Try a Compound Interest Calculator for Some Numbers Fun!
If you’d like to try a few data-based scenarios to see how compound interest works, consider having fun with a compound interest calculator. There are quite a few of them online, but here is one that is quite popular from calculator.net.
The way it works is simple: enter a starting amount, the interest rate you would like to try, the number of years, and any additional contributions (and how often). Hit calculate and let it do its magic. Keep in mind that this calculator is for educational purposes only, not to be used as an investment guide or for advice. In order to get more info about actually investing, make sure to consult a licensed financial advisor.
What Do you Do When Interest Rates are Low?
When interest rates at the bank are low, it’s important that investors consider returns elsewhere to reach their financial goals. As mentioned earlier, by contributing to your investment, on a regular basis one does have the opportunity to reach their financial goals sooner and also helps average out fluctuations in the markets over time: a phenomenon known as cost averaging.
If we take the example previously illustrated, with a contribution of €100 per year (assuming a fixed interest rate of 10% per year) the hypothetical result achieved is as follows: €82.198, that’s 10 times the previous example. (See table below)
Re-Investment versus Income: How Should I Spend My Returns?
Once you’ve setup an investment account with a licensed financial advisor, they, as part of your investment strategy, should have explained to you the following:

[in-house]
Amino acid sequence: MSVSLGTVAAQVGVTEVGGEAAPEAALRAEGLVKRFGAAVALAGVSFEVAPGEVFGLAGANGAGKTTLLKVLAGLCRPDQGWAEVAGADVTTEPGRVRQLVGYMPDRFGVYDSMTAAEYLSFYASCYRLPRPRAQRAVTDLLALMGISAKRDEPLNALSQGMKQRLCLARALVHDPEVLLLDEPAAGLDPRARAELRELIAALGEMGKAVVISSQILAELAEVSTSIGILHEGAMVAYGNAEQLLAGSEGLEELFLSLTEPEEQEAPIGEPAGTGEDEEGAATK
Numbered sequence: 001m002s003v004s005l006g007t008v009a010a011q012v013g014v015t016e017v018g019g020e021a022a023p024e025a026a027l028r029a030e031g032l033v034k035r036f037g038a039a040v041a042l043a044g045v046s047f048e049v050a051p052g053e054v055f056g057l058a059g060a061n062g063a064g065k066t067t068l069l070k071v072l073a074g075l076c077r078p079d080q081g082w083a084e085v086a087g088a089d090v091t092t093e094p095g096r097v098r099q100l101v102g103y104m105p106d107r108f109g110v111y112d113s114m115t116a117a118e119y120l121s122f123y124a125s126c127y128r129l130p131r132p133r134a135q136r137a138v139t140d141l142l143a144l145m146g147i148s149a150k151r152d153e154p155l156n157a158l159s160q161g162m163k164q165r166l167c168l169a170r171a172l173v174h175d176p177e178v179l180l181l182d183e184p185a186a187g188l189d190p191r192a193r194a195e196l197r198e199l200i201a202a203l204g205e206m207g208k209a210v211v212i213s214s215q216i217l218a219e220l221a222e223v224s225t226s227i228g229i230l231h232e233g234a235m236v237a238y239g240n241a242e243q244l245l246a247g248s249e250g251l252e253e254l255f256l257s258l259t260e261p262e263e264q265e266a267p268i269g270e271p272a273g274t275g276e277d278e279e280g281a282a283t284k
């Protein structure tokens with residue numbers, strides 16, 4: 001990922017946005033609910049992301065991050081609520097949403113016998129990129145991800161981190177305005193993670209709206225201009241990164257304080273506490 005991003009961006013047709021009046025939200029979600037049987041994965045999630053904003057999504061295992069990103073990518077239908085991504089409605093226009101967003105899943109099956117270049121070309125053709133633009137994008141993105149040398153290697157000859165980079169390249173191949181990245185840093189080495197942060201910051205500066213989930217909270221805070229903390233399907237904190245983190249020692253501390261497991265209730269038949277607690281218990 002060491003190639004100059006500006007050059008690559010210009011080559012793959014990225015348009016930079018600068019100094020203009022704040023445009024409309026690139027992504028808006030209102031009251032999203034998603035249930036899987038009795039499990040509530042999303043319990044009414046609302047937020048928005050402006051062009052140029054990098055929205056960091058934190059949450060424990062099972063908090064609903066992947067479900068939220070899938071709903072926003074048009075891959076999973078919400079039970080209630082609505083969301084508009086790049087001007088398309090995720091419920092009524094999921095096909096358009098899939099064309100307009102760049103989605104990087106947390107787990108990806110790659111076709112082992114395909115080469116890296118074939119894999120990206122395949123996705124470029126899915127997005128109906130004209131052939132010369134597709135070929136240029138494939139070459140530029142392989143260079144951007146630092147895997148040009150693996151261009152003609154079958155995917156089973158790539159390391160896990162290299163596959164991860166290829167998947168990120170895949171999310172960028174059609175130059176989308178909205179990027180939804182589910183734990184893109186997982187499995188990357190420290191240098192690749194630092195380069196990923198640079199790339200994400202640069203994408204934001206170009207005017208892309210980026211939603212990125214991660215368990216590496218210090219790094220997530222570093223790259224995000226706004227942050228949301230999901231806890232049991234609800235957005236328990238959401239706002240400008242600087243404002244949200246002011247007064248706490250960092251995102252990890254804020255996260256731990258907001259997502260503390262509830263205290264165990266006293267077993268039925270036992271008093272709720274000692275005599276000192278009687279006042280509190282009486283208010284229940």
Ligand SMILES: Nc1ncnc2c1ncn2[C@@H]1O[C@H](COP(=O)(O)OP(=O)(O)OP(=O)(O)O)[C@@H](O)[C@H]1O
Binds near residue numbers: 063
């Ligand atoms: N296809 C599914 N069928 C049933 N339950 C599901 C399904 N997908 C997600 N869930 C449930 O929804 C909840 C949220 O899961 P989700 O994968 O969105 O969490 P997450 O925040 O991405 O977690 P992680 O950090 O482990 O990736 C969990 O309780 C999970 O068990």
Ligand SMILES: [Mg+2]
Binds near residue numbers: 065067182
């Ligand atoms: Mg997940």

As you earn interest or returns there are two options:
- Reinvesting the returns back into the investment account or fund.
- Take the dividends, interest, or returns out as a form of passive income.
Ultimately, the decision to do either should be in line with the investment goals and strategy laid out with your financial advisor.
Certain investment accounts or funds (basket of stocks) will automatically reinvest (the advisor generally does that) dividends or returns into the fund or account for you. With compound interest, that reinvested money can further assist with reaching your financial goals. Additionally, if you keep contributing to your investment, the compound interest will continue to aggregate. Even if you only make small deposits, they can increase the value of your portfolio over time. Remember it’s all about consistency.
Alternatively, if you want additional income in the short term, you can transfer the dividends or returns to your bank account. For example, you buy a house and rent it out. You might use that rent payment (the dividend) to cover property maintenance or other household costs. Generally speaking, those who have retired will more likely opt for passive income rather than re-investing as they have had the time to reach their goals and plan for retirement.
At the end of the day, if you want that passive income to earn more passive income, you should invest the dividend. “Most investments have the potential for compounded interest growth,” says David from Black Swan Capital.
With all investments, there is no guarantee of earnings. The market will always fluctuate, as we’ve seen in recent years. But making long-term investments and leveraging compound interest can help ease your financial burdens by distributing risk and earnings over the course of years.
Make Your Money Work for You
If you have a large sum of money (in addition to your rainy-day fund) and have an income, compound interest can help your wealth grow and reach your financial goals. For more advice on how to invest your money as an expat in the Netherlands, contact Black Swan Capital.